After nearly five years of zero executions, Tennessee has resumed its death penalty system, announcing plans to execute one man in January and another in April.
Like most states, Tennessee uses lethal injection as its primary method of execution. A prisoner is led into the execution chamber before a small group of witnesses. He or she is then strapped down by restraints to a gurney while an IV is started in one arm, and then the other, in case of malfunction in the first.
Then, after giving the prisoner a chance to speak his or her final words, officials inject a three-drug cocktail into the prisoner's arm.
The first drug -- sodium thiopental -- is a sedative-anesthetic that makes the prisoner unconscious.
The second -- pancuronium bromide -- paralyzes the lungs and diaphragm.
The third -- potassium chloride -- causes cardiac arrest.
"And rapid death," reads a 2007 Tennessee Department of Correction document.
Yet when Tennessee plans to execute Billy Ray Irick, prison officials will use only one drug: pentobarbital. It's an anesthetic, used commonly by veterinarians to euthanize animals. This January, officials will inject Irick with enough pentobarbital to kill him.
This shift from a three-drug, lethal blend to the single use of pentobarbital is critical, reflecting two telling issues.
First: the lengths our state will go to kill its own citizens.
And second: that Tennessee's death penalty system may be coming to an end.
To understand why, let's rewind to 2011, when the drug manufacturer Hospira said it would no longer produce sodium thiopental, the first of the three-drug cocktail.
Hospira was the American manufacturer of the drug; its announcement created an immediate drug shortage, as officials in death penalty states began scrambling to maintain their supplies.
Somehow, someway, Tennessee officials got their hands on vials of the drug; soon after, the federal government seized their supply (as it did Georgia's) over concerns it was illegally purchased from overseas companies. The Associated Press reported Tennessee bought the drug from a British supplier, yet the state claimed its supply was purchased domestically. Documents about the purchase have been redacted, according to the Tennessean.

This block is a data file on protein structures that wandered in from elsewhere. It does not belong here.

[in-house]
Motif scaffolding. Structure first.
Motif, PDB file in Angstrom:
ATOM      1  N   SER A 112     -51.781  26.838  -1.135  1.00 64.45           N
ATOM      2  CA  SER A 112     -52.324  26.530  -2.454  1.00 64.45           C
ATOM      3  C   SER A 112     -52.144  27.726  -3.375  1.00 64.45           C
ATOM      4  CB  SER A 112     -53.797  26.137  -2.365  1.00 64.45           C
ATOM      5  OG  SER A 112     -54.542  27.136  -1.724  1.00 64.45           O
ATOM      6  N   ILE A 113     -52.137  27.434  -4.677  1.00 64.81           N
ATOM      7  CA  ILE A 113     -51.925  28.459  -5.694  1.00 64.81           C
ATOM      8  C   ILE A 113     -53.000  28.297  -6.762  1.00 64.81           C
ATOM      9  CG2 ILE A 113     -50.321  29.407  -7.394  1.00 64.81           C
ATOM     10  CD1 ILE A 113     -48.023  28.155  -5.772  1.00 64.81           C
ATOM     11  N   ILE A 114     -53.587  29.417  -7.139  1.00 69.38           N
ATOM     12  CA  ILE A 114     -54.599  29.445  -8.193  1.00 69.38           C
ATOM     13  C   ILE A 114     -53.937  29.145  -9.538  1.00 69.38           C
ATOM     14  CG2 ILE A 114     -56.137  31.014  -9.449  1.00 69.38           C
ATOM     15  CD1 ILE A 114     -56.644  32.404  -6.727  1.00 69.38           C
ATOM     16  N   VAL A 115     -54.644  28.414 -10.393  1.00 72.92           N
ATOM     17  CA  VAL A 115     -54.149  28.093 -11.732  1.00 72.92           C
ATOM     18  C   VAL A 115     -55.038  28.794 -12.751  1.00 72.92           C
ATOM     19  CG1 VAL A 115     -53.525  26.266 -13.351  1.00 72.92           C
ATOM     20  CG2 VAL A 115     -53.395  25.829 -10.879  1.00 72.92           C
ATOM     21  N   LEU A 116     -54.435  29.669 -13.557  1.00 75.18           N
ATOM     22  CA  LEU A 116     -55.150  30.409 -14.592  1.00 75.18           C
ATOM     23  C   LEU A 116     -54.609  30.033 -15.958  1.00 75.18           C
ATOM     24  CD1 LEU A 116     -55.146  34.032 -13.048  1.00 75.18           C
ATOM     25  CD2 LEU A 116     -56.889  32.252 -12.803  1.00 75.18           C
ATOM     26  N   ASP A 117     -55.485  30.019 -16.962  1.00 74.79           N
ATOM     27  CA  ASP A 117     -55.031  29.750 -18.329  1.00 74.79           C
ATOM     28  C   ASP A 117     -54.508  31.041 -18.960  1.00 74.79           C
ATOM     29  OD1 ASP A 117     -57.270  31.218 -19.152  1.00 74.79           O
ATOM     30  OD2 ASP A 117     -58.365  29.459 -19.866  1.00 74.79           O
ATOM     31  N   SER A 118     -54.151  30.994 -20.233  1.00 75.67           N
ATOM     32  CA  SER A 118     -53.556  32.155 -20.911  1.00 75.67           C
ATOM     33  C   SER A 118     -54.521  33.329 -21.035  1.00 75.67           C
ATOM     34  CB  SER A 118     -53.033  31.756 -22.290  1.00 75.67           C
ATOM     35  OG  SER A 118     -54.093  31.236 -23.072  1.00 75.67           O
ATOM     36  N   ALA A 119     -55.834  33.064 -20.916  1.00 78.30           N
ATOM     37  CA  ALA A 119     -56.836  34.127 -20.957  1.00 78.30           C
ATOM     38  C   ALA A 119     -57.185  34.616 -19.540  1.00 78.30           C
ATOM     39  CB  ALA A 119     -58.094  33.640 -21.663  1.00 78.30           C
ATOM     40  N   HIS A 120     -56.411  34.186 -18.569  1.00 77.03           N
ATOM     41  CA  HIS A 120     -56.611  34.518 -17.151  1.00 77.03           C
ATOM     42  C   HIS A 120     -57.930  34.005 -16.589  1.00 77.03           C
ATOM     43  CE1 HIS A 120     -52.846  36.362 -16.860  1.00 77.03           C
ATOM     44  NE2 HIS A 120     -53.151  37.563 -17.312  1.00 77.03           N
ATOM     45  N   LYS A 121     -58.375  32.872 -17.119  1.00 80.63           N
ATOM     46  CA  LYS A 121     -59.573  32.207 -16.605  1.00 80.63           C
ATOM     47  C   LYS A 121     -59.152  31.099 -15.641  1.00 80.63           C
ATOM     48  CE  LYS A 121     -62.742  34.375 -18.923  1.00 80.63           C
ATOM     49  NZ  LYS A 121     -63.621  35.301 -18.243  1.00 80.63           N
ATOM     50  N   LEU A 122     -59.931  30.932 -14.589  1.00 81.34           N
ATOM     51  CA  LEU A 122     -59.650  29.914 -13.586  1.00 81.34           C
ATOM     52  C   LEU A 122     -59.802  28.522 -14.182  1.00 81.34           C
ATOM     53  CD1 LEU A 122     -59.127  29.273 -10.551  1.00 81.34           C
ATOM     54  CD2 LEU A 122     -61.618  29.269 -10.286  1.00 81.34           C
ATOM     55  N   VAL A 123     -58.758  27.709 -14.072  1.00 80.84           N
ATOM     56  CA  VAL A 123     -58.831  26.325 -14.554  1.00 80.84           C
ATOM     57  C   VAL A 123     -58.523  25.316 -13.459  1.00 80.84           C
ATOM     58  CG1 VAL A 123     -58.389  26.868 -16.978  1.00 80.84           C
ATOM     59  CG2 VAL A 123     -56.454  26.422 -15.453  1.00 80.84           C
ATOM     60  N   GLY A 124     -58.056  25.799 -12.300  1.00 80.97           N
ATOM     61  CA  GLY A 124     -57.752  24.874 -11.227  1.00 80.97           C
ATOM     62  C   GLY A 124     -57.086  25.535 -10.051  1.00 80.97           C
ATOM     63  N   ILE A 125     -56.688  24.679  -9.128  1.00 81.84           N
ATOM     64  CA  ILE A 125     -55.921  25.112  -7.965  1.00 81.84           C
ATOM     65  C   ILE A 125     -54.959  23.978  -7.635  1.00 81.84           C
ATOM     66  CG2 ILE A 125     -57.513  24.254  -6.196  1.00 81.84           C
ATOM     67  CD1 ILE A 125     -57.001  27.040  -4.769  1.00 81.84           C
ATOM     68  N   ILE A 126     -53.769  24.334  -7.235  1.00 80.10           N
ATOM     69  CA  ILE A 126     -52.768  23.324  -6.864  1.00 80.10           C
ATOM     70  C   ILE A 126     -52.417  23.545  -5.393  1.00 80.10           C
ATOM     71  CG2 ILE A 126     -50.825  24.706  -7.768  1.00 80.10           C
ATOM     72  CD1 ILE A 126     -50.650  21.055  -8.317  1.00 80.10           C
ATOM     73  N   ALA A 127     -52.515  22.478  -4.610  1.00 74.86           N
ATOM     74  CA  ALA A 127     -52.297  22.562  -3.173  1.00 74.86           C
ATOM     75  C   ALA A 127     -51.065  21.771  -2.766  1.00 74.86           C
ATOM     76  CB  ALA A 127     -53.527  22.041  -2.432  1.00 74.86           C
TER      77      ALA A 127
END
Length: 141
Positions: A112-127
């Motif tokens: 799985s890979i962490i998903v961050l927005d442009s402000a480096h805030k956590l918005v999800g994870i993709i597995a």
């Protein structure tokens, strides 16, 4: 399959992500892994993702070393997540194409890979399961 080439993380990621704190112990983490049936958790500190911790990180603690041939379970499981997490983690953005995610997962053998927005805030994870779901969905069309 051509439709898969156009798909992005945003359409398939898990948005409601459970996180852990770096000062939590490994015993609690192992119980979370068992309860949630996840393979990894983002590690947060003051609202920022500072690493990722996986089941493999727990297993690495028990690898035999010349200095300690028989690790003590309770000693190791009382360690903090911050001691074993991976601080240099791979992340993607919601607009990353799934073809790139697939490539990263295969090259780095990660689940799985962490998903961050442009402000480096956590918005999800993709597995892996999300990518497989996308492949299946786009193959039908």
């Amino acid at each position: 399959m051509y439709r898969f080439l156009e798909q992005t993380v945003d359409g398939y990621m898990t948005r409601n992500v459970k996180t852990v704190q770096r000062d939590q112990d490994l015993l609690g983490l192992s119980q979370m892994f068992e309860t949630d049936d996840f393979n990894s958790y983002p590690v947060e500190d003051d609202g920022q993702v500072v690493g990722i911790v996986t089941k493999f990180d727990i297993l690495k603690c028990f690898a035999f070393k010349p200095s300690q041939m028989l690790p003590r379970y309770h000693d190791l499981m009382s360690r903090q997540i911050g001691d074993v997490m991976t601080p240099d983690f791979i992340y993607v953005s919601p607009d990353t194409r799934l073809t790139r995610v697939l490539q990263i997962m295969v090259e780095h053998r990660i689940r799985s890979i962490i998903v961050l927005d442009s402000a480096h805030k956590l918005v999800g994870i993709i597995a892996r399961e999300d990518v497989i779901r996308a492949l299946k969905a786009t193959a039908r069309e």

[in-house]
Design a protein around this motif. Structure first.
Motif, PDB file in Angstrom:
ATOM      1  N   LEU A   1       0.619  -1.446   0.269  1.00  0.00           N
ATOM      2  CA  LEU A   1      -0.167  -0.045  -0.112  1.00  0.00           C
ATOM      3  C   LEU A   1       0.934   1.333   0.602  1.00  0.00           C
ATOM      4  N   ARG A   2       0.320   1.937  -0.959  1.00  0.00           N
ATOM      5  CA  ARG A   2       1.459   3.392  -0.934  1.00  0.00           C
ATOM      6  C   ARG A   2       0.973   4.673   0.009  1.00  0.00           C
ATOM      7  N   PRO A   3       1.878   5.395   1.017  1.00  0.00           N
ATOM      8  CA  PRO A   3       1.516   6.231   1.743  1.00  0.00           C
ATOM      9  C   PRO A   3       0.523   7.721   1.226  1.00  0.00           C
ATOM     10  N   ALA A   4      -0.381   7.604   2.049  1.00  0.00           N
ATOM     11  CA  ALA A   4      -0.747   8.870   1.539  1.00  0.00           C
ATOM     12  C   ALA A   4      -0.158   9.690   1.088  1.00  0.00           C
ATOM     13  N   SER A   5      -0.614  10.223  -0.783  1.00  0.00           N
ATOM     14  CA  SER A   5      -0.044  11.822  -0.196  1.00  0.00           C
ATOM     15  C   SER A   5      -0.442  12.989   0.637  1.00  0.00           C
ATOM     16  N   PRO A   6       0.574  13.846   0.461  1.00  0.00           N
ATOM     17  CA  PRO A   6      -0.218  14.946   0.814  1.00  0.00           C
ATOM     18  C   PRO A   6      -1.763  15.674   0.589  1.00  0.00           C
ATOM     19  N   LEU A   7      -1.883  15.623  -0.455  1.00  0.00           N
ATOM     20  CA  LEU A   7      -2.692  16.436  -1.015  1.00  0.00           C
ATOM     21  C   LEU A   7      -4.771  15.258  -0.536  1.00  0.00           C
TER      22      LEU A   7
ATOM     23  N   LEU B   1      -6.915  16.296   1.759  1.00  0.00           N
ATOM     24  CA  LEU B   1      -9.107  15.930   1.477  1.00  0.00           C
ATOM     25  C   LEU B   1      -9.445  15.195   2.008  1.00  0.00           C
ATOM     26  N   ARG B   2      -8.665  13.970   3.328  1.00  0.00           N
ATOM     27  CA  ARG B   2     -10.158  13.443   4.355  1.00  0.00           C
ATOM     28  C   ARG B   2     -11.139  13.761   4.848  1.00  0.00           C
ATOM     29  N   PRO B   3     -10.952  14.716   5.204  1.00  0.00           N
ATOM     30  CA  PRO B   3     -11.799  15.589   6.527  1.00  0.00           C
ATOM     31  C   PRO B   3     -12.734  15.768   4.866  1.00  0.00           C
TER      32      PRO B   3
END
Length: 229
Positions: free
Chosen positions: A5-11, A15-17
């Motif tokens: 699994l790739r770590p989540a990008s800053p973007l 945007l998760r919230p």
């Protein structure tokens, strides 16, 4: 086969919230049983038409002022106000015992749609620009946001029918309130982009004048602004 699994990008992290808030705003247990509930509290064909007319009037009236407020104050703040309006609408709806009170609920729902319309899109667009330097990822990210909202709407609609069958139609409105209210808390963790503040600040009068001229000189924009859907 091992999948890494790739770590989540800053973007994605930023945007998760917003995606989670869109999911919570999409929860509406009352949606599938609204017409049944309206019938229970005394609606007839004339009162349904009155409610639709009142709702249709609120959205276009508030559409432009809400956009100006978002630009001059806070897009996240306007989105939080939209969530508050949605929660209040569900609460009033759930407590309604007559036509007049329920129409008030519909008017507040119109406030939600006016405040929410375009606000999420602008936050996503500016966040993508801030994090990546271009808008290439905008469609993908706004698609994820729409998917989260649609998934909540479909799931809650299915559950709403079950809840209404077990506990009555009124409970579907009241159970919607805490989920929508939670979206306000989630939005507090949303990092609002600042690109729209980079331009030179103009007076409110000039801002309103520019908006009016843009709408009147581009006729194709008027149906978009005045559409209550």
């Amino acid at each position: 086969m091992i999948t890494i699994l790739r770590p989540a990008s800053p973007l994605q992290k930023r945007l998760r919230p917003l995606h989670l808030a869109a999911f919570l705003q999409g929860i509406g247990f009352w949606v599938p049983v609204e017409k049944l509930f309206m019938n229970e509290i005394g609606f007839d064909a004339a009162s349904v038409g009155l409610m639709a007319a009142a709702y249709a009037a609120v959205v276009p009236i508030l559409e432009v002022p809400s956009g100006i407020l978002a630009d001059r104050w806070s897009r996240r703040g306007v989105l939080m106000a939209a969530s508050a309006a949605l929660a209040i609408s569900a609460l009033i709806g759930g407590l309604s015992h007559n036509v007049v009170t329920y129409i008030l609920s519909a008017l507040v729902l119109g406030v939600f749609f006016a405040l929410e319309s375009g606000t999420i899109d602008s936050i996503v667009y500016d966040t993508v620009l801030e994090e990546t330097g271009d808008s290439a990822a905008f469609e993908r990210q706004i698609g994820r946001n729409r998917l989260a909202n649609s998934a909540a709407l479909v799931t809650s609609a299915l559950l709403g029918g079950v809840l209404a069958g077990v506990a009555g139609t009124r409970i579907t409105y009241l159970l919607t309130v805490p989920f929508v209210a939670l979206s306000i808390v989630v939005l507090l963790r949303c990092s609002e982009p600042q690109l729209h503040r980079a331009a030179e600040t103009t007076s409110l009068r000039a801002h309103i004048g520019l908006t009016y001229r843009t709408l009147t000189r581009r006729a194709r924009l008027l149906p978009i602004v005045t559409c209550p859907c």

This was the first crack in the system. Here's the second:
In 2011, the Denmark-based corporation that produces pentobarbital announced it would stop selling it to American prisons. This is consistent with European Union policy, and, once again, sent prison officials into a free fall, scrambling for supplies.
Some states made plans to obtain pentobarbital from compounding pharmacies, which have been under recent scrutiny lately. Medicines produced from compounding pharmacies -- which take mass-produced drugs and tailor them for individual patients -- are not regulated by the Food and Drug Administration, and while often safe and effective, were at the heart of a recent meningitis outbreak.
So last week, when Tennessee announced it would use pentobarbital to execute Irick in January, one very large question emerged:
Where are you getting the drug?
Turns out, the state doesn't have to answer that.
This past spring, the governor signed into law a bill that keeps all of that secret. In the past, laws protected the identity of anyone involved in the death penalty process. This new law was amended to add "entities."
In other words: Corporations. Companies. Pharmacies.
"Entities ... directly involved in the process of executing a sentence of death are treated as confidential and are not open to public inspection," reads the law.
Rep. Gerald McCormick, the House majority leader from Chattanooga, was one of its primary sponsors.
As of now, Billy Ray Irick has 79 days to live.
Yet our state's death penalty system is beginning to fall apart.
Drugs are in short supply, or are being produced in questionable ways behind a veil of anti-democratic secrecy. The use of pentobarbital as the sole drug of execution brings up a host of legal questions about its effectiveness and constitutionality: will its use be deemed cruel and unusual punishment?
The clutching and grabbing by our executioners for their drugs reveals the drastic reaching of the state. It's like an addiction: they'll do anything to keep this system going.
After all, the state could always go back to the electric chair. Or public hanging.
If pentobarbital runs dry, there's always rope.
Contact David Cook at firstname.lastname@example.org or 423-757-6329. Follow him on Facebook and Twitter at DavidCookTFP.
David Cook is the award-winning city columnist for the Times Free Press, working in the same building where he began his post-college career as a sportswriter for the Chattanooga Free Press. Cook, who graduated from Red Bank High, holds a master's degree in Peace and Justice Studies from Prescott College and an English degree from the University of Tennessee at Knoxville. For 12 years, he was a teacher at the middle, high school and university ...